The newly created American Politics Research Lab, housed in the Department of Political Science at the University of Colorado Boulder, on Wednesday released its first pre-election study of Coloradans.
The Colorado Political Climate Study consisted of a survey that was designed to gauge the public's opinions - and the factors related to those opinions - on a number of key issues facing the state, from the 2016 presidential election to the various constitutional amendments appearing on this year's ballot.
As of Oct. 24, which marked the conclusion of the survey period, Democratic presidential nominee Hillary Clinton had a 10-percentage-point lead over Republican opponent Donald Trump among Coloradans, the study found. Clinton led among all racial groups, including whites, and with both men and women.
Among the ballot measures before Colorado voters, Amendment 69 (ColoradoCare) was losing by 10 percentage points, with independents opposing it by over 20 percentage points.
Many other high-profile amendments looked far more likely to pass, according to the results. Amendment 70 (minimum wage increase), Amendment 71 (changing procedures for constitutional amendments), Proposition 106 (end-of-life options) and propositions 107 and 108 (opening the primary system to unaffiliated voters) all had overwhelming support among Coloradans, lead researcher and political scientist Scott Adler said.
"This is the first year of what we hope will be an ongoing record of opinion on public affairs within the state," Adler said. "As our new lab continues to grow, we hope to invest further in the design and administration of the Colorado Political Climate Study. We envision it serving as a gauge of the pulse of Colorado with respect to state and national issues, elected officials and a broad spectrum of political characteristics."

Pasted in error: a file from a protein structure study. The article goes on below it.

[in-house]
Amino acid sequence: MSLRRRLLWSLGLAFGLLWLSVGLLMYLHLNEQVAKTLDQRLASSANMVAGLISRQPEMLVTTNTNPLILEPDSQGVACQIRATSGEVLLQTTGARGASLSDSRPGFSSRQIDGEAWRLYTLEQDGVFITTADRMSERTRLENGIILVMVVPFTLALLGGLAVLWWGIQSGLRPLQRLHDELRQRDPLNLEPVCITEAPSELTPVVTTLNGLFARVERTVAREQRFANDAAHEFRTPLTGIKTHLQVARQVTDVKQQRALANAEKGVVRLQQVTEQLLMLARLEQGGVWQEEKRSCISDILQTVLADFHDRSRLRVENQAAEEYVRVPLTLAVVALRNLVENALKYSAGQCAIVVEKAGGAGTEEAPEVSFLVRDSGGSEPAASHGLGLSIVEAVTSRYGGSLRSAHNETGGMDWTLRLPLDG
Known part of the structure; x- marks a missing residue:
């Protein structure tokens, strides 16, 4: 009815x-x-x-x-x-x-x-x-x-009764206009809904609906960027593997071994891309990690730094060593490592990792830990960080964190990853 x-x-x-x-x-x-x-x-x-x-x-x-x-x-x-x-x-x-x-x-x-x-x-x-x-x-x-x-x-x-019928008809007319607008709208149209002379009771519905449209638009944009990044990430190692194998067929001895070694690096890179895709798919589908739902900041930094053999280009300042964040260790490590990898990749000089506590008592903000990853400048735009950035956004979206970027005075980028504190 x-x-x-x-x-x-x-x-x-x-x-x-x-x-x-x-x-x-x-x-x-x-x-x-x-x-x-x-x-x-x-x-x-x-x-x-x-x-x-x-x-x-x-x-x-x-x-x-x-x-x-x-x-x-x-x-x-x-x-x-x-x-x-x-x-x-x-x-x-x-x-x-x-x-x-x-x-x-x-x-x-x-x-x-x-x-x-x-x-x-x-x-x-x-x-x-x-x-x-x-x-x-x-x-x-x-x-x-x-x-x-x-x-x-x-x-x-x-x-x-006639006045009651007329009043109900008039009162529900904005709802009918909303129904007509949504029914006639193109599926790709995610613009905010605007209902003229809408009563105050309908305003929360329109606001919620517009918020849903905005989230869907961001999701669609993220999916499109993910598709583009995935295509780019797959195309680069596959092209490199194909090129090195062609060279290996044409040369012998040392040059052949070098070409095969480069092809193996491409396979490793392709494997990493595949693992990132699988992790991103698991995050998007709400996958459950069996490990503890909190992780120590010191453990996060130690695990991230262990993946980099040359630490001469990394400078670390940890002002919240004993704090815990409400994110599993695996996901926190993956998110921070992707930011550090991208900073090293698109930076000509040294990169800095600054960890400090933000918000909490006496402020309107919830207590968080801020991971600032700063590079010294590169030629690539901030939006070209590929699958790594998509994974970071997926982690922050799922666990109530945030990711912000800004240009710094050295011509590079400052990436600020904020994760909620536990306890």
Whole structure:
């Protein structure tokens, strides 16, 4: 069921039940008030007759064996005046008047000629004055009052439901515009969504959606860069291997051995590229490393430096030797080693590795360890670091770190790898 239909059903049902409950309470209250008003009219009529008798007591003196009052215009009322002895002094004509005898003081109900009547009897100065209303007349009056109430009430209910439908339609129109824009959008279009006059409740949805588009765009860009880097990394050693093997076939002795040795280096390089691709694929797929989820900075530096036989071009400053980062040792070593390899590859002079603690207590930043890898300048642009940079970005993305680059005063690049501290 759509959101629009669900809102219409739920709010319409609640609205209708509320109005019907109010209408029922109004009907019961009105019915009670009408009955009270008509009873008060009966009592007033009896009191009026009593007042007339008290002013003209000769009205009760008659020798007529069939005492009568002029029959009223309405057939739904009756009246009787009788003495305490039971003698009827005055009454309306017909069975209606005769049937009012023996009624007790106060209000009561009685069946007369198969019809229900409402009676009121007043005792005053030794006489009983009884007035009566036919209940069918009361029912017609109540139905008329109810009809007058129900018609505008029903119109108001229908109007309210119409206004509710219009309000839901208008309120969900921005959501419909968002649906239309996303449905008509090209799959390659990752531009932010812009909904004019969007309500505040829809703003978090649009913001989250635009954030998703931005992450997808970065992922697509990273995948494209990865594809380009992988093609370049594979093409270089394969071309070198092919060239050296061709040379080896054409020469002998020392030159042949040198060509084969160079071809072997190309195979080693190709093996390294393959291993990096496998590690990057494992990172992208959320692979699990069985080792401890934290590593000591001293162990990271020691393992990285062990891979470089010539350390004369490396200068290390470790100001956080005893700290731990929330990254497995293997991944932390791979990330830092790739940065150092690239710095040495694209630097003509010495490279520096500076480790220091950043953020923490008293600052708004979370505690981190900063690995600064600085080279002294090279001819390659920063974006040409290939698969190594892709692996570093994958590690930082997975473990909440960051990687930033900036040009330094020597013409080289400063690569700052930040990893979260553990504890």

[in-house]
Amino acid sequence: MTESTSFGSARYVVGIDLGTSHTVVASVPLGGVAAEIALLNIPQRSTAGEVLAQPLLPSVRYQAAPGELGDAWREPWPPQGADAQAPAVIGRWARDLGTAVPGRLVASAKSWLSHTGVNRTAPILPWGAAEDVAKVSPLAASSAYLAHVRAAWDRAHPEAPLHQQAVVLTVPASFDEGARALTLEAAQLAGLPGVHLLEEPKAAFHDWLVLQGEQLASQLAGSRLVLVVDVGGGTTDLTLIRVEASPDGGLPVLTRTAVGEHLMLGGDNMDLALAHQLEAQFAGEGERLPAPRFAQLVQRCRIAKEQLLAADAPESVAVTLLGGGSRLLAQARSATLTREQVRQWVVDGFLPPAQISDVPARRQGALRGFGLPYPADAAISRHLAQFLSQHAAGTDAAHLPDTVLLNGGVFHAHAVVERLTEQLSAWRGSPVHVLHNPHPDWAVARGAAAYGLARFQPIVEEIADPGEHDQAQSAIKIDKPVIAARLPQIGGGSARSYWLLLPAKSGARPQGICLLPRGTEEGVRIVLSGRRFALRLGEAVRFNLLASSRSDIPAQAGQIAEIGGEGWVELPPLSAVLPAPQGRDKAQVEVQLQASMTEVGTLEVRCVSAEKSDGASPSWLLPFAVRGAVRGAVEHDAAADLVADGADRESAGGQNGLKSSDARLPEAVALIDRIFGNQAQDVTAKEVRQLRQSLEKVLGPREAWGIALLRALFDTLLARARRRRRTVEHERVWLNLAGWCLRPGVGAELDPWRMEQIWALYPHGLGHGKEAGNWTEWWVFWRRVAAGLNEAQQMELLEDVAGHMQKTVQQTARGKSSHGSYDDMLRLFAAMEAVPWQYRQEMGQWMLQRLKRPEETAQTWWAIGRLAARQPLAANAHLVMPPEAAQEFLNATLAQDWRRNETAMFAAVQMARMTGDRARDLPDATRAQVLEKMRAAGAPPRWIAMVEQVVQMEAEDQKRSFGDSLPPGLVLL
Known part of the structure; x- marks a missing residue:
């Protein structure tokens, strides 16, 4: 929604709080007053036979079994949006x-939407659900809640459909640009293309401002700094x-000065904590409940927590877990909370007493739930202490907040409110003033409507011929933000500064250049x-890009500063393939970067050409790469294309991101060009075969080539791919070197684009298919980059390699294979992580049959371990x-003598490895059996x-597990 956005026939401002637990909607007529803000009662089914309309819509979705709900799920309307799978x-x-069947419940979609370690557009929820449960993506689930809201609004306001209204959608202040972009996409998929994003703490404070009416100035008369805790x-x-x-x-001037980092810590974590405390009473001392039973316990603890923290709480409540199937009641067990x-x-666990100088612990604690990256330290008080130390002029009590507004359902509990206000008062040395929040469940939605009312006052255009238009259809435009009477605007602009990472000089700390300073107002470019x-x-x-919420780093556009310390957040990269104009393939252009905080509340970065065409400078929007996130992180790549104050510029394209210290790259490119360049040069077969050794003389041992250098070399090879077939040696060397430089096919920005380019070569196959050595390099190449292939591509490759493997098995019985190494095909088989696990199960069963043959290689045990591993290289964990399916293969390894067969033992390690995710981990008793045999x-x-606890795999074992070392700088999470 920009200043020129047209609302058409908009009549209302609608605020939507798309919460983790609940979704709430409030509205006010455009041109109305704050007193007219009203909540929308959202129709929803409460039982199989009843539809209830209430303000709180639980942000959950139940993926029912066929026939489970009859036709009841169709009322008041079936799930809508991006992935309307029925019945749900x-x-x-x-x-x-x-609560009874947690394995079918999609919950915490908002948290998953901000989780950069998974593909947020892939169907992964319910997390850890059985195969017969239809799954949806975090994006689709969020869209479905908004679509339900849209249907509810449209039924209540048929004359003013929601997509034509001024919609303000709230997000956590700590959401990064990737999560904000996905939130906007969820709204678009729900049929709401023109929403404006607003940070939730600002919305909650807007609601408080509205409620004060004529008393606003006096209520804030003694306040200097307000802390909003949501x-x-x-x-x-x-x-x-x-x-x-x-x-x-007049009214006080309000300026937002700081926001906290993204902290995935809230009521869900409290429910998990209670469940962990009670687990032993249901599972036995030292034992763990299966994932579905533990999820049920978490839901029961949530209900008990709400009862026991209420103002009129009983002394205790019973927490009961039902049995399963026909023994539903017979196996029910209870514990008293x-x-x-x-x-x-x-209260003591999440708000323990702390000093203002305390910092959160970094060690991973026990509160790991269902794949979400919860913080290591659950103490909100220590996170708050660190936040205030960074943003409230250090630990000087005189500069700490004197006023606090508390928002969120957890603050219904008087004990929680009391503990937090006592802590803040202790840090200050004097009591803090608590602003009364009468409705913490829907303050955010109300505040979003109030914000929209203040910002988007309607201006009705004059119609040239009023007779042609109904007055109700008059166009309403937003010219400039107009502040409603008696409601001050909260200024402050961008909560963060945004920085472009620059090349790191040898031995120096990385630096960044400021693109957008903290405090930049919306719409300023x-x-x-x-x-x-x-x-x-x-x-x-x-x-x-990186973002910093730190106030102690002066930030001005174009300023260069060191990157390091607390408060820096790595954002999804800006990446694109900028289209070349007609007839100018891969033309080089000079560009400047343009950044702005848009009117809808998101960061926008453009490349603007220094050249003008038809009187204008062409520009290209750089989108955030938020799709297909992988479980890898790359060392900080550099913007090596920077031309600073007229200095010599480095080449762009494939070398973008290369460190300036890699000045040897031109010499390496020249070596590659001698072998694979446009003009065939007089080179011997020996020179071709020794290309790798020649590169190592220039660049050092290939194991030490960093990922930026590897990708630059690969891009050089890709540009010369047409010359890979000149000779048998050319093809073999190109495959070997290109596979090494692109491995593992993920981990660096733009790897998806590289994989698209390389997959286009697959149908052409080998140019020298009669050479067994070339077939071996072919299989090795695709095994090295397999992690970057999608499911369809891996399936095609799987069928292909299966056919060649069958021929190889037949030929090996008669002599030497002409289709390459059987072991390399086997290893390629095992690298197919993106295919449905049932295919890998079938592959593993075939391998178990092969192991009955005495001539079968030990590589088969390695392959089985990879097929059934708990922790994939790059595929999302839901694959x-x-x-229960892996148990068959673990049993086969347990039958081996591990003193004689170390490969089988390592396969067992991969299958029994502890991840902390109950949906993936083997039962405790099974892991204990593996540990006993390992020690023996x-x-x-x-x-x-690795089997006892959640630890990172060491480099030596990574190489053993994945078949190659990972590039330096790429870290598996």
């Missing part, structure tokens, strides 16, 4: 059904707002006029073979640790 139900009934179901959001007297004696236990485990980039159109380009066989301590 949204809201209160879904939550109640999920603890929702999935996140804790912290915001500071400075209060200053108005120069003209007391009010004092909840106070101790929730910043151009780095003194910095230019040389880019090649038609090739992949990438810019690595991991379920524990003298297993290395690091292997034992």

Adler said the researchers were particularly excited about the types of questions included in the inaugural study.
"Many of them go beyond the basic items included in more typical polls," he said. "Their inclusion allows undergraduate and graduate students, as well as faculty, to conduct a number of interesting analyses with respect to public opinion in Colorado."
The study, which took place from Oct. 17-24, consisted of a roughly 12-minute survey that was completed online by 1,004 Colorado residents. Respondents were allowed to skip questions, which resulted in varied sample sizes on the individual questions. The study was limited to residents aged 18 and older.
Adler noted that participants in this year's study were members of existing online panels maintained by professional research firms. Individuals were contacted through an agreement with Survey Sampling International.
Since individuals were not randomly selected to participate, the study does not represent a random sample of the Colorado general public, and actual percentages on races and issues in the state may differ from the results presented in the study.